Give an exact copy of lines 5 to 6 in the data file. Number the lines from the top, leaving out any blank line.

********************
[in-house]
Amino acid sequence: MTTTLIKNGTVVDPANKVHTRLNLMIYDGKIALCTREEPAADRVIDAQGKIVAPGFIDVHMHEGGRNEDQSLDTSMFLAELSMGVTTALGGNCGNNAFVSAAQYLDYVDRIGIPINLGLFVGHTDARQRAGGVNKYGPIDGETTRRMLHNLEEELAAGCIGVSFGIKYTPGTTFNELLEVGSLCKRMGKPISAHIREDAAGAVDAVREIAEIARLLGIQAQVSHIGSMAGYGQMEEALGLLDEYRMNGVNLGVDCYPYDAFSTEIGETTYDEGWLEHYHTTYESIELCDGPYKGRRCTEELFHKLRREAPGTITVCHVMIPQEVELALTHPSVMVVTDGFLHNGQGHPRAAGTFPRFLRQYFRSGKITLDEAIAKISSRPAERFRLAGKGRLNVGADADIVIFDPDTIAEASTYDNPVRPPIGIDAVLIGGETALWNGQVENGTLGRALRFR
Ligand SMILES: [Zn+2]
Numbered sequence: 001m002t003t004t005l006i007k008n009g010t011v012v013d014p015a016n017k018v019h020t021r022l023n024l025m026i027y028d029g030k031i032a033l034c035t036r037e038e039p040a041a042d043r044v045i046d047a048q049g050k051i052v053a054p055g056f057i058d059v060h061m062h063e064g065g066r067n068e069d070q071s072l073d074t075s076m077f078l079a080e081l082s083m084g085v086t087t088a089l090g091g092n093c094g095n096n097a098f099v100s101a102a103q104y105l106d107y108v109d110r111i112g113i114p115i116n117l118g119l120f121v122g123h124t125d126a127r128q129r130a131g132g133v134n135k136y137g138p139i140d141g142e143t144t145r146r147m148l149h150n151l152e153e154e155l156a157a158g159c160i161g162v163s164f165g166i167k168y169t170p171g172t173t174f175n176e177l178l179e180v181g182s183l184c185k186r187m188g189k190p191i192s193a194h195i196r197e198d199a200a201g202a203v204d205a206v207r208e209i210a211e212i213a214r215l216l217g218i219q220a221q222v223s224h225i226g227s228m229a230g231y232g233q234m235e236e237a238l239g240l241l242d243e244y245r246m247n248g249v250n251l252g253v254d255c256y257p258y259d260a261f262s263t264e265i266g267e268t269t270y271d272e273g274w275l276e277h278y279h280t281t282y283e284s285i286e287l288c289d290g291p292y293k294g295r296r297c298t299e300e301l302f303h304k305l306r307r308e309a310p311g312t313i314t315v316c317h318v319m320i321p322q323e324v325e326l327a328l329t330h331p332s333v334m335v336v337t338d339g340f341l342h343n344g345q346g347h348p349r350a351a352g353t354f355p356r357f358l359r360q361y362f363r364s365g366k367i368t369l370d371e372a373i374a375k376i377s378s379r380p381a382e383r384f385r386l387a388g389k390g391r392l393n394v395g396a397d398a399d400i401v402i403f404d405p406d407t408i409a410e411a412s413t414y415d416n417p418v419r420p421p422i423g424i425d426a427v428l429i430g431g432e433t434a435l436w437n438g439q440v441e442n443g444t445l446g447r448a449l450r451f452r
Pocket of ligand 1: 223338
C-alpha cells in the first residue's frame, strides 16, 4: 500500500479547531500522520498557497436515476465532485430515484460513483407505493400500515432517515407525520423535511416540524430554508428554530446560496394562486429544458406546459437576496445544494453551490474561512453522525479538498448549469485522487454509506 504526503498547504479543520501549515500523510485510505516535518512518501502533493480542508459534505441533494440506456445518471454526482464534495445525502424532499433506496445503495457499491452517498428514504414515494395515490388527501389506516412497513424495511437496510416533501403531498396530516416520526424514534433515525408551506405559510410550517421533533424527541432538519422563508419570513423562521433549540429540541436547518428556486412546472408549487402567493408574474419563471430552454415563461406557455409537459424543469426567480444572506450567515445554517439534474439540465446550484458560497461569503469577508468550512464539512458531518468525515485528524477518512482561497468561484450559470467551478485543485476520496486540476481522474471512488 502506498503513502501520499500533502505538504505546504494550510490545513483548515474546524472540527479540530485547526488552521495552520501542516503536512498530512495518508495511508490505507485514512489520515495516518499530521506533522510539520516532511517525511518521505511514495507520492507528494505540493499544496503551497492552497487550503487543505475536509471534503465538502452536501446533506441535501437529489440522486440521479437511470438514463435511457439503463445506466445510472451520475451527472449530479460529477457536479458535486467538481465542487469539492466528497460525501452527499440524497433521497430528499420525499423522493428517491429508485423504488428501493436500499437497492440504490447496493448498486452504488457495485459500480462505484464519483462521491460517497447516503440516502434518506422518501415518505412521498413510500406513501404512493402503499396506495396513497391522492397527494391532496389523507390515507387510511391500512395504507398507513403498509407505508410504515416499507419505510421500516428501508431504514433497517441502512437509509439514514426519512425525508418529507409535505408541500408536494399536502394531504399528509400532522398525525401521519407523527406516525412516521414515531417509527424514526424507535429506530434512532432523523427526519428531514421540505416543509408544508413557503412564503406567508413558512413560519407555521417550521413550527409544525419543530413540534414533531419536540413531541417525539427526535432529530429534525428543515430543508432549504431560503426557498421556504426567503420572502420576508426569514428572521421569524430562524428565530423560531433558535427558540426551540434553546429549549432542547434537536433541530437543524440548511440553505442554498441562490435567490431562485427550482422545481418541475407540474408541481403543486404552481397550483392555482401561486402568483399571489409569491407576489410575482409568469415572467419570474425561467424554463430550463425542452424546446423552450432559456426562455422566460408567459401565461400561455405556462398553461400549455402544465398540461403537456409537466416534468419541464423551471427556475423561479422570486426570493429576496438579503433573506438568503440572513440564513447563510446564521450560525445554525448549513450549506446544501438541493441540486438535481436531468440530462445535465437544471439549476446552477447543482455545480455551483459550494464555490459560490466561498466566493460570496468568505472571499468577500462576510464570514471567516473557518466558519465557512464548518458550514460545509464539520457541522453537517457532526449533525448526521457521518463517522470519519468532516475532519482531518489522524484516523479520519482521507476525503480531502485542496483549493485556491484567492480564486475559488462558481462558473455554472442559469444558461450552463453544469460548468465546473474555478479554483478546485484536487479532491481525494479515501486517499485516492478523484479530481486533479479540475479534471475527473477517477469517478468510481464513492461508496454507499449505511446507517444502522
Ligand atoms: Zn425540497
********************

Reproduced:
Pocket of ligand 1: 223338
C-alpha cells in the first residue's frame, strides 16, 4: 500500500479547531500522520498557497436515476465532485430515484460513483407505493400500515432517515407525520423535511416540524430554508428554530446560496394562486429544458406546459437576496445544494453551490474561512453522525479538498448549469485522487454509506 504526503498547504479543520501549515500523510485510505516535518512518501502533493480542508459534505441533494440506456445518471454526482464534495445525502424532499433506496445503495457499491452517498428514504414515494395515490388527501389506516412497513424495511437496510416533501403531498396530516416520526424514534433515525408551506405559510410550517421533533424527541432538519422563508419570513423562521433549540429540541436547518428556486412546472408549487402567493408574474419563471430552454415563461406557455409537459424543469426567480444572506450567515445554517439534474439540465446550484458560497461569503469577508468550512464539512458531518468525515485528524477518512482561497468561484450559470467551478485543485476520496486540476481522474471512488 502506498503513502501520499500533502505538504505546504494550510490545513483548515474546524472540527479540530485547526488552521495552520501542516503536512498530512495518508495511508490505507485514512489520515495516518499530521506533522510539520516532511517525511518521505511514495507520492507528494505540493499544496503551497492552497487550503487543505475536509471534503465538502452536501446533506441535501437529489440522486440521479437511470438514463435511457439503463445506466445510472451520475451527472449530479460529477457536479458535486467538481465542487469539492466528497460525501452527499440524497433521497430528499420525499423522493428517491429508485423504488428501493436500499437497492440504490447496493448498486452504488457495485459500480462505484464519483462521491460517497447516503440516502434518506422518501415518505412521498413510500406513501404512493402503499396506495396513497391522492397527494391532496389523507390515507387510511391500512395504507398507513403498509407505508410504515416499507419505510421500516428501508431504514433497517441502512437509509439514514426519512425525508418529507409535505408541500408536494399536502394531504399528509400532522398525525401521519407523527406516525412516521414515531417509527424514526424507535429506530434512532432523523427526519428531514421540505416543509408544508413557503412564503406567508413558512413560519407555521417550521413550527409544525419543530413540534414533531419536540413531541417525539427526535432529530429534525428543515430543508432549504431560503426557498421556504426567503420572502420576508426569514428572521421569524430562524428565530423560531433558535427558540426551540434553546429549549432542547434537536433541530437543524440548511440553505442554498441562490435567490431562485427550482422545481418541475407540474408541481403543486404552481397550483392555482401561486402568483399571489409569491407576489410575482409568469415572467419570474425561467424554463430550463425542452424546446423552450432559456426562455422566460408567459401565461400561455405556462398553461400549455402544465398540461403537456409537466416534468419541464423551471427556475423561479422570486426570493429576496438579503433573506438568503440572513440564513447563510446564521450560525445554525448549513450549506446544501438541493441540486438535481436531468440530462445535465437544471439549476446552477447543482455545480455551483459550494464555490459560490466561498466566493460570496468568505472571499468577500462576510464570514471567516473557518466558519465557512464548518458550514460545509464539520457541522453537517457532526449533525448526521457521518463517522470519519468532516475532519482531518489522524484516523479520519482521507476525503480531502485542496483549493485556491484567492480564486475559488462558481462558473455554472442559469444558461450552463453544469460548468465546473474555478479554483478546485484536487479532491481525494479515501486517499485516492478523484479530481486533479479540475479534471475527473477517477469517478468510481464513492461508496454507499449505511446507517444502522